Today We Start Our Race: The Kings

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    NEWSLETTERS

    James Ballard

    Choking back tears, Chelsea King's mother urged Californians to help pass a tough new law aimed at sex offenders who target children.

    The proposed law was introduced just hours ago in Sacramento by Brent and Kelly King, whose daughter, Chelsea, was murdered last month near Lake Hodges, in northern San Diego.

    Today We Start Our Race: The Kings

    [DGO] Today We Start Our Race: The Kings
    The parents of murdered teen Chelsea King reveal the details behind Chelsea's Law.

    It’s an important day for Brent and Kelly King. The couple packed their luggage Monday and headed to Lindbergh Field before 7 a.m. to catch the flight to the state capital.

    “Today’s the day that we start our race. It’s a race that Kelly and I didn’t choose to run in. We were selected to run in it,” Brent King said to members of the media assembled at the airport.

    The Kings Travel to State Capitol

    [DGO] The Kings Travel to State Capitol
    Brent and Kelly King travel to Sacramento Monday to lobby state lawmakers for Chelsea's Law.

    “With the community’s strength and with Chelsea’s will and drive, we’re going to run this race and we’re going to run it hard and we’re going to run it to completion with all of your support,” he said.

    As outlined by State Assemblymember Nathan Fletcher, "Chelsea’s Law" would: 

    • Create a new penalty of life in prison without parole for violent sex crimes against victims under 18 years old. The current law imposes sentences of 15 years-to-life or 25-years-to life for the worst of those crimes, and experts say in California, those "indeterminate sentences" are, in reality, a life term. But "Chelsea's Law" would change the wording of that penal code section to formalize a life in prison sentence." Criminals who commit violent, forcible sex crimes on victims under 14 years-old would be more like to get the life term.
    •  Require life-time supervision, with GPS monitoring, for certain violent sex offenders who are released from prison.
    •  Create "safe-zones" for children, that would be "off-limits" to paroled sex offenders. Those "safe-zones" would include parks that are popular with children and families. Any registered sex offender could be charged with a misdemeanor, and could have their parole revoked, if they are found in such a park. The sex offender's GPS device would alert law enforcement that the sex offender had entered the park.

    "What it does, it allows us to take our serious violent sexual offenders -- those that commit violent sexual offenses against our children, and place them on lifetime parole,” said San Diego County Sheriff Bill Gore.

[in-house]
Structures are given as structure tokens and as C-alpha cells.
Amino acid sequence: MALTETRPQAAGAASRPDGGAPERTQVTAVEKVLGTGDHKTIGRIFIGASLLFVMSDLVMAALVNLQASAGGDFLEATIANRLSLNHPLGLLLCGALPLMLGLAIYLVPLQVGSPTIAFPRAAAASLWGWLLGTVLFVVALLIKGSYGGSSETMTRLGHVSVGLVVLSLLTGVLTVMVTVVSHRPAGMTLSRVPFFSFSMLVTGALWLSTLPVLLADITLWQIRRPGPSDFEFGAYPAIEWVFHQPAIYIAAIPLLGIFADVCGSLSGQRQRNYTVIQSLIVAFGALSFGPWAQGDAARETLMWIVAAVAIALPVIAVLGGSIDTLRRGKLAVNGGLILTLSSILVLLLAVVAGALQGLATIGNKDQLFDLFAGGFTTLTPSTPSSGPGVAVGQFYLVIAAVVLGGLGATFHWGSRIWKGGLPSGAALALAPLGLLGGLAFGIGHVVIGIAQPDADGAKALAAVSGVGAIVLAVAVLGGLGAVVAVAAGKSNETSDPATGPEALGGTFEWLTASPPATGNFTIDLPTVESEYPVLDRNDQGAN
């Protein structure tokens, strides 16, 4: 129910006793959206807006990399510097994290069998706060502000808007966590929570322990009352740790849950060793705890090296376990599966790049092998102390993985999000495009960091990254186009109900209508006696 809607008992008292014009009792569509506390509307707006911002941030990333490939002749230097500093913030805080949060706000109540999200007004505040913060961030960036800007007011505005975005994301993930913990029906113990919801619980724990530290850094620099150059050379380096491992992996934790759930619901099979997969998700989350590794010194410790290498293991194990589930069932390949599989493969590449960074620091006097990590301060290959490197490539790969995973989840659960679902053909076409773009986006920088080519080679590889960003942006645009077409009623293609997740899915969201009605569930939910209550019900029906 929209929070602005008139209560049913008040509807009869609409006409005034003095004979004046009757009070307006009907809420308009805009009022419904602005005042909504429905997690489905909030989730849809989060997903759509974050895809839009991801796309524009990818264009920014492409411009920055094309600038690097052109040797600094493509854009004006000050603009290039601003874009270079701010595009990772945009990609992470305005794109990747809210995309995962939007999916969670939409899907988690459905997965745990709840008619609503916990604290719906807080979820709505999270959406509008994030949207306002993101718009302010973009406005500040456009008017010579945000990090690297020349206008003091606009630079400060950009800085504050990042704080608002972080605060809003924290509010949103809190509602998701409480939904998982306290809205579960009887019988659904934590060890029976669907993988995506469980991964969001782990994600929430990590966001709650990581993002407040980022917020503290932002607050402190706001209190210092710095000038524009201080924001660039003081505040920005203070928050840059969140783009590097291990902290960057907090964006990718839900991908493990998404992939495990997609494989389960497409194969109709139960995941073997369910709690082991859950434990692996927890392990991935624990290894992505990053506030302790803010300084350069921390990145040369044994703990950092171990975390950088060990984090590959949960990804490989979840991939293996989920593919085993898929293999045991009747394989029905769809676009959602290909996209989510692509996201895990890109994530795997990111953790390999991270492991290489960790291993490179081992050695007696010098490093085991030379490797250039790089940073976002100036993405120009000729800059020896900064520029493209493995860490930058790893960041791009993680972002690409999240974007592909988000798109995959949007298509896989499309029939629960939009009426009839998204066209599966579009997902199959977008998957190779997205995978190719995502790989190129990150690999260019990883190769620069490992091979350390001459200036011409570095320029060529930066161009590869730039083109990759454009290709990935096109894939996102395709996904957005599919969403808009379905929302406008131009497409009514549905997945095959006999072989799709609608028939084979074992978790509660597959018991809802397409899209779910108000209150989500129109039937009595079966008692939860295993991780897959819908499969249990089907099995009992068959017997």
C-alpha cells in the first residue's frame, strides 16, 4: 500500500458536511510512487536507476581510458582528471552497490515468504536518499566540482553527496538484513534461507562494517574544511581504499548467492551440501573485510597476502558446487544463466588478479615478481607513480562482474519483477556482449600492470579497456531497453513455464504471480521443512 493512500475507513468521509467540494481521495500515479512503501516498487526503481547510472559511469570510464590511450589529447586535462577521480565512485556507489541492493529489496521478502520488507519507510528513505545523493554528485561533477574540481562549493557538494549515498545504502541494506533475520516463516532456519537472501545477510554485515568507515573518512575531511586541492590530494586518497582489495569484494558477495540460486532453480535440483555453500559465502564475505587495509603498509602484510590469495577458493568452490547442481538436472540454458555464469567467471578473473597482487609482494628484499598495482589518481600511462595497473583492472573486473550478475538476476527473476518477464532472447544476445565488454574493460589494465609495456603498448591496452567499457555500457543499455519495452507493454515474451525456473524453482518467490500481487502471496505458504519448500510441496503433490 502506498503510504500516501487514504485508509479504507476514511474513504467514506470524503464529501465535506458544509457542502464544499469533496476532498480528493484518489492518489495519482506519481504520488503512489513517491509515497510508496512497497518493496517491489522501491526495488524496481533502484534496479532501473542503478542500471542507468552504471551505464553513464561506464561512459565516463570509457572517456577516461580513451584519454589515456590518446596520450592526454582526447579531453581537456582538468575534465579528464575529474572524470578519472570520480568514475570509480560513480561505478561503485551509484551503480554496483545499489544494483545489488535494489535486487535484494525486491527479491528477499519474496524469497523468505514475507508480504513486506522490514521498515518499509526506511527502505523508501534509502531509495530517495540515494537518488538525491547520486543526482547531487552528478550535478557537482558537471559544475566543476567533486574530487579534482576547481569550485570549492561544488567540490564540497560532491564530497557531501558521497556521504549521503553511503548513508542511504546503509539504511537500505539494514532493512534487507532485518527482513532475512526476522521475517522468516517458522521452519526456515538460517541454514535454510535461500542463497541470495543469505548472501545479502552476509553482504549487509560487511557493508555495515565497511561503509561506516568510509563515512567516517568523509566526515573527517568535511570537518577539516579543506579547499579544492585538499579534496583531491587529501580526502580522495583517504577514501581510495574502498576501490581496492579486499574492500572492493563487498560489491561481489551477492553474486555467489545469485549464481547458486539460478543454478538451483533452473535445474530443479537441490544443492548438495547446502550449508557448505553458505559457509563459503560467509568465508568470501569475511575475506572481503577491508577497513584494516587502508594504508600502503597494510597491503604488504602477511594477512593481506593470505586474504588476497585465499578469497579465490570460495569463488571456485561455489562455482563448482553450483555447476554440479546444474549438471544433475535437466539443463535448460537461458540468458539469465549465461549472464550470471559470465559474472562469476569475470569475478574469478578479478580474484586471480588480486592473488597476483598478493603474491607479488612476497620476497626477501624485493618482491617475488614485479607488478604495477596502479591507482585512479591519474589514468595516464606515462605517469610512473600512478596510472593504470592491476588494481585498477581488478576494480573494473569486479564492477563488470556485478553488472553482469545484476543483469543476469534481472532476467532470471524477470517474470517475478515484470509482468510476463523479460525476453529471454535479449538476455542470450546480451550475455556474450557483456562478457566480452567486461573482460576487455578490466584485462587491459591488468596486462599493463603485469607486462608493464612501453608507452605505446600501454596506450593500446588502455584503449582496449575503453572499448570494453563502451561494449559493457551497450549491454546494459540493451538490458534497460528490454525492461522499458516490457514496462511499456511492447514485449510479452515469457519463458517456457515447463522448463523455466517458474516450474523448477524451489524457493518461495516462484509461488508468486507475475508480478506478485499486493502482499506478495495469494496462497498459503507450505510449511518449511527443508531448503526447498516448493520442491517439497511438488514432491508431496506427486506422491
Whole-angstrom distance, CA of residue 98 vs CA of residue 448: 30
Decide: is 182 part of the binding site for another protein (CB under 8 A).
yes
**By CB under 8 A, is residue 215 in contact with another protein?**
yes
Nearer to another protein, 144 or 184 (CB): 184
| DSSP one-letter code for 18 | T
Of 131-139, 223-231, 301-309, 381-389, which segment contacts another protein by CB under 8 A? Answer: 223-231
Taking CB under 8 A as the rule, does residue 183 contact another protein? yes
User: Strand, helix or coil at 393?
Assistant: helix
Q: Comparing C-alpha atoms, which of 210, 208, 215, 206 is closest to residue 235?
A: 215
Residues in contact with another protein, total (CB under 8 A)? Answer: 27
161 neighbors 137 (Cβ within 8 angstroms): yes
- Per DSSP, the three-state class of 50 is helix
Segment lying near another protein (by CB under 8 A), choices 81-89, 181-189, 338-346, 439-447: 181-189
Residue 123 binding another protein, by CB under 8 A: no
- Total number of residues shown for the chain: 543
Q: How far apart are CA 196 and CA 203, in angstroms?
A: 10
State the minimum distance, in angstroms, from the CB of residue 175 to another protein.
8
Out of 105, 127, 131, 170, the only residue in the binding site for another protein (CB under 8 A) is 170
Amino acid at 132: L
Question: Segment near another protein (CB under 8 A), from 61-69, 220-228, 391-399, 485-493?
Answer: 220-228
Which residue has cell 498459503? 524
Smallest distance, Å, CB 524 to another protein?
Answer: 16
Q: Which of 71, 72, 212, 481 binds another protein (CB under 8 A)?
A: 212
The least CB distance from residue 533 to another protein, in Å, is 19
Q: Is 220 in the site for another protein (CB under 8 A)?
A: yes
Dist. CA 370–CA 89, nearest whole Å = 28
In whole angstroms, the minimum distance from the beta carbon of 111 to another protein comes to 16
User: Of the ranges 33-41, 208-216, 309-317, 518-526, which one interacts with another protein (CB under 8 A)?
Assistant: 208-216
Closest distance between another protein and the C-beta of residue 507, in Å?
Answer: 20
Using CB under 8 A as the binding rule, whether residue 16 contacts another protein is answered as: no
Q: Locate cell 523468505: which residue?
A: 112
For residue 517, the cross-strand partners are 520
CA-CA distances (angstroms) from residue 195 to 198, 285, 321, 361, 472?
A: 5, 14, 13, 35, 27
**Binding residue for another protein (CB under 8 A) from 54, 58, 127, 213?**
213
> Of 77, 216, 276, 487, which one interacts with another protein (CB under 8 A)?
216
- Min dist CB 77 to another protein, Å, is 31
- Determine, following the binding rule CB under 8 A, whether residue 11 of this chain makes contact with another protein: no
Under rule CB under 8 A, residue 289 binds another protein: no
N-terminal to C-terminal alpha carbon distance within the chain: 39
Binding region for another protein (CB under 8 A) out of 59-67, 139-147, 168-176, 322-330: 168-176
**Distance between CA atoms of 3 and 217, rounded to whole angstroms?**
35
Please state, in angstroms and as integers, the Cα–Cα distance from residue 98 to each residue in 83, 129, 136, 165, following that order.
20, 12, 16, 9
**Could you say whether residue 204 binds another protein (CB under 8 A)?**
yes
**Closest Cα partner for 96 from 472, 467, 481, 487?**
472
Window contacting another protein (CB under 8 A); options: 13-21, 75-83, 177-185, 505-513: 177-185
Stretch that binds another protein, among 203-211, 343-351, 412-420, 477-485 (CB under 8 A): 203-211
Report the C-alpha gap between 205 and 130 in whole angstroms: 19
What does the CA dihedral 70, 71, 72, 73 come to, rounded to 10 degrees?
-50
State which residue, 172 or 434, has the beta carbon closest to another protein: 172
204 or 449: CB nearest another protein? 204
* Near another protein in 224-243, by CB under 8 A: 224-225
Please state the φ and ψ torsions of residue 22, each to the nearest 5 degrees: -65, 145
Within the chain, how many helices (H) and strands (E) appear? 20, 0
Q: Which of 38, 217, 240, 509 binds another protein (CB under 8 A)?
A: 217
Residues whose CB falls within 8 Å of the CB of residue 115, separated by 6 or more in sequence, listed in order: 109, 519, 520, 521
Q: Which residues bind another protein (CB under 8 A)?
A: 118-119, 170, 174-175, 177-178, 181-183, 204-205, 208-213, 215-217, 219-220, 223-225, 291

The threat of lifetime tracking would hopefully be enough to discourage parolees from re-offending, Gore said, and at the same time would help law enforcement catch them quickly if they do.

    “The legislators who are responsible for putting better and stronger laws on our books will know what we already know in our hearts is the right thing to do,” said Kelly King. “We're ready for it and we appreciate your support."

    Convicted sex offender John Albert Gardner III has pleaded not guilty to charges of attempted rape of a woman in December 2009 and charges of murder in the death of Chelsea King. 

    Law enforcement officials have also said Gardner is a focus in the investigation into the death of 14-year-old Amber Dubois of Escondido, who disappeared in February 2009. The teen's skeletal remains were found near Pala in a remote North County canyon shortly after Chelsea's body was discovered in Rancho Bernardo Community Park.

    Parole officers should have done a better job watching Gardner, according to a report released two weeks ago but closer scrutiny may not have stopped the alleged attacks.

    Assemblyman Fletcher acknowledged that the cost of this proposed crack-down on violent sex offenders could be a problem for the state, but said he will refine his proposal to minimize those costs, and will identify other parts of the state budget that can be cut to provide money for enforcement of "Chelsea's Law," if it is approved by the state legislature and signed by the governor.

    "Chelsea's Law," as summarized at Monday's news conference, would not establish treatment programs for sex offenders in state prisons.

    At least two of the speakers said violent sex offenders cannot be treated or rehabilitated, but some experts disagree with that position, and have urged the state to establish prison treatment programs for sex offenders, especially those who will eventually be paroled.

    "We can say with almost certainty now that the treated sex
    offender is less likely than the untreated offender to commit a new sexual crime," says James Reavis, a sex offender treatment expert who counsels hard-core offenders and pedophiles.

    The proposed law will be introduced to the Assembly Public Safety Committee next week.

    A rally is scheduled in Sacramento Tuesday at 11:45 a.m. for parents and other concerned citizens to show their support for the proposed legislation.

    According to the Chelsea's Light Facebook page, there will be a bus leaving San Diego Monday night and returning Tuesday night that will allow San Diegans to travel along with the Kings to support them. Little Tommy from the Jeff and Jer Showgram is hosting the 57-seat bus. For more details and to reserve your seat, email Little Tommy at littletommy@san.rr.com.